One's A 'Bot And One's Not: Two Shows Ask What It Means To Be Human

In one show, advanced humanoid robots have evolved to become just about human (but not quite).

In the other show, a genetic mutation of some sort has one human (and possibly more) evolving into a new stage of humanity characterized by advanced telepathic abilities (to say the least).

Welcome to TV 2017, in which futuristic TV shows depict a future world that in many ways is already here or, at the very least, possible.

The show with the advanced humanoid robots is AMC's “Humans,” which returns for its second season Monday night (February 13) at 10 Eastern. The other show is “Legion,” which premiered this past Wednesday night at 10 on FX.

You can be forgiven if you forgot about “Humans.” The first season aired in 2015 and hasn't been seen since. The show returns for a run of eight episodes -- a blink of an eye for a TV show, but the kind of short “season” that has become commonplace on TV today.



“Humans” tells the story of a new breed of robotic servants whose use has become ubiquitous throughout society. In the first season, the line between human and robot began to blur when a small but growing group of robots -- called “synths” in the TV show -- adopted reactions and even emotions that were more human than machinelike.

This “evolution” is being spurred by a mutation of software and it has this group of synths (including the one pictured at left, above) aspiring to be something more than just dumb, emotionless servants.

For us real humans toiling at our jobs and going about our lives here in the real world of 2017, the new season of “Humans” has something to say about our increasingly automated society.

We already live in a world where robotic machinery and computer software have made many tasks doable without human participation. As a result, jobs have disappeared.

In our world, robot technology has taken the place of humans in many workaday areas such as assembly-line manufacturing. But robots have not yet replaced humans in the areas in which human interactions are supposedly still prized, such as in sales, customer service, human resources, and the management of others.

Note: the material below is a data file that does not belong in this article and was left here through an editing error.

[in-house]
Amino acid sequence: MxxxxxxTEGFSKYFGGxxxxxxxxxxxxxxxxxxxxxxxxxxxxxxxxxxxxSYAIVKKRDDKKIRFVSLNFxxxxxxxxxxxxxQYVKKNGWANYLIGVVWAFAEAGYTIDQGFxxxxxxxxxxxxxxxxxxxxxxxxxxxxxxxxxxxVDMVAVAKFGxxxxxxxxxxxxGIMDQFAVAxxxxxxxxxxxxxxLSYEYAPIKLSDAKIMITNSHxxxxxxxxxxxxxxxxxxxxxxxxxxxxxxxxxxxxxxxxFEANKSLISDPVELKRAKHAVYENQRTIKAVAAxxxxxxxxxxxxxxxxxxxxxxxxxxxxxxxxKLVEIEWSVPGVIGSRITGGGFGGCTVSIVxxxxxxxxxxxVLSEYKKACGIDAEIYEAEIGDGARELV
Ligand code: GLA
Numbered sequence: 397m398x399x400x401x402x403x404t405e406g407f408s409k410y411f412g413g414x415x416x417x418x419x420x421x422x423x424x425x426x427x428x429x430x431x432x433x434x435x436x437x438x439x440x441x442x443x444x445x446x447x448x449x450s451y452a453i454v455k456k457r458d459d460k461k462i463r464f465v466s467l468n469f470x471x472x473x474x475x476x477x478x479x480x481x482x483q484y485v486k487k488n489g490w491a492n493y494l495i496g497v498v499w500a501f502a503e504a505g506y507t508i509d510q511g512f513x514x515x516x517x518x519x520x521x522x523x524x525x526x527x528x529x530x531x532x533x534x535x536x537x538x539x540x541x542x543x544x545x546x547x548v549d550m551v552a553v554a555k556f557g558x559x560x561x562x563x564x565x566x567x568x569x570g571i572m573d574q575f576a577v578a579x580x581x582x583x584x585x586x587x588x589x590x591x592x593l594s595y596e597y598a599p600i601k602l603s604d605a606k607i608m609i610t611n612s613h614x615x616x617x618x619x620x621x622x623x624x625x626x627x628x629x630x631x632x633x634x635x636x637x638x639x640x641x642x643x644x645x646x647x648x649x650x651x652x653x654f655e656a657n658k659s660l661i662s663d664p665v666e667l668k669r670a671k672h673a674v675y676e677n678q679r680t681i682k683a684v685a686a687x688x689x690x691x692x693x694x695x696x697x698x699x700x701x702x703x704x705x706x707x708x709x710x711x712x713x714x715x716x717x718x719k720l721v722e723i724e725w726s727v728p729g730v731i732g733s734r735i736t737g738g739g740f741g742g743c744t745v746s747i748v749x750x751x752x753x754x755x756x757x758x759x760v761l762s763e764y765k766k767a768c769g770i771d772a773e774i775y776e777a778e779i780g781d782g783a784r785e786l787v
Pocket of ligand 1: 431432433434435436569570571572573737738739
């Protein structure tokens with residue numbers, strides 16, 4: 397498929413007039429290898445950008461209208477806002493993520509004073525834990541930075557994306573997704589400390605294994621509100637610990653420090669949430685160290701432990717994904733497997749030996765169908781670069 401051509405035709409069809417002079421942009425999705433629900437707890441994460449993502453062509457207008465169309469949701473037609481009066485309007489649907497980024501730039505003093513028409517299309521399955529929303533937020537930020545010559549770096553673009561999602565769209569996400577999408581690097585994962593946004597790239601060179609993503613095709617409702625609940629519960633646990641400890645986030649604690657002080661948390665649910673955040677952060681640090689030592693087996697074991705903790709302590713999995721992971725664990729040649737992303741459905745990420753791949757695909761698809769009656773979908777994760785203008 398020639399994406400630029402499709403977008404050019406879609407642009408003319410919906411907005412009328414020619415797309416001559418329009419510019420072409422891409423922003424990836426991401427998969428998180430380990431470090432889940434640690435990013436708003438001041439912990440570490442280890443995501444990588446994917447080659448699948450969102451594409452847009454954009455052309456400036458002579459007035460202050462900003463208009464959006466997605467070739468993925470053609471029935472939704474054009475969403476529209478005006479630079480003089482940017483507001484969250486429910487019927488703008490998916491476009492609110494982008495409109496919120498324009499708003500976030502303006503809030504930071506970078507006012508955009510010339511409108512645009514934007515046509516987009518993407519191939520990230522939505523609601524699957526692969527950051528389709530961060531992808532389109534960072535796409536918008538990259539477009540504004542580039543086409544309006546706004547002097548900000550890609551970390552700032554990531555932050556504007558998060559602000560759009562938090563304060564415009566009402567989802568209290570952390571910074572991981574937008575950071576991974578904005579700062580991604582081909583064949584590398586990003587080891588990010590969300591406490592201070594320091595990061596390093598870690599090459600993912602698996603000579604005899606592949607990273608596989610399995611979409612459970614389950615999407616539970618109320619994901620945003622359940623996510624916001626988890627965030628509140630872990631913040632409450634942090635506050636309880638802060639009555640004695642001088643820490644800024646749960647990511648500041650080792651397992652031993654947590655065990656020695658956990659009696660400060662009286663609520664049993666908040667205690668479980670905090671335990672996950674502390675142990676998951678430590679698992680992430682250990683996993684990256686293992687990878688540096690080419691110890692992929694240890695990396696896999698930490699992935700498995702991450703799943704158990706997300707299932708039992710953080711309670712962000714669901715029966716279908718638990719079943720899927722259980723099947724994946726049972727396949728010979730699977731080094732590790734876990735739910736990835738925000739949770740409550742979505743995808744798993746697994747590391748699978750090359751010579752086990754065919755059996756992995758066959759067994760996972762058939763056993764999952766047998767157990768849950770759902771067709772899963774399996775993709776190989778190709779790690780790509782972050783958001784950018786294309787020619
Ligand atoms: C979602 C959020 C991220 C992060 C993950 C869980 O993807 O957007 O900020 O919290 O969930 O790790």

In the season premiere of “Humans,” however, a long-time mid-level executive, who held a job managing accounts with various human customers, is suddenly replaced by a synth. The human executive is told by another human (presumably from “human” resources) that “the decision has been made to make [his job] a non-human role going forward.”

The laid-off executive then tells this other human: You're next. It's a chilling scene that rings true. Like other great sci-fi movies and TV shows, “Humans” makes you feel like the scenarios it is depicting could happen here and now. And perhaps they are.

In FX's “Legion,” the central character is a man who has been diagnosed as severely mentally ill. But his real problem might be that he has mutated in some way -- probably in some genetic core -- so that he exhibits powers beyond those of other humans.

This malady manifests itself in terrible dreams and hallucinations -- mainly because neither the patient nor his overseers can understand it, much less manage it.

Among other things, he sometimes goes into Bruce Banner mode -- not turning into the Incredible Hulk, mind you, but having fits in which his brain seems to cause multiple objects to fly around the room.

Because of this and other powers he seems to possess, several shadowy organizations are after him in order to secure his services and exploit his abilities. “Legion” is based on a series of Marvel comic books, but here in the early going of this series, you might characterize this “hero” -- played by Dan Stevens of “Downton Abbey” (above, right) -- as not “heroic” at all.

Instead, he's just mystified, doesn’t know reality from fantasy, and has only the tiniest kernel of an idea that he might be equipped with “special” talents beyond those of mortal man. They're beyond his control too.

When watching this show, a viewer can't quite make out the difference between what is real or hallucinated either. Maybe the reality in this show is virtual, which is not quite real. Sound familiar?

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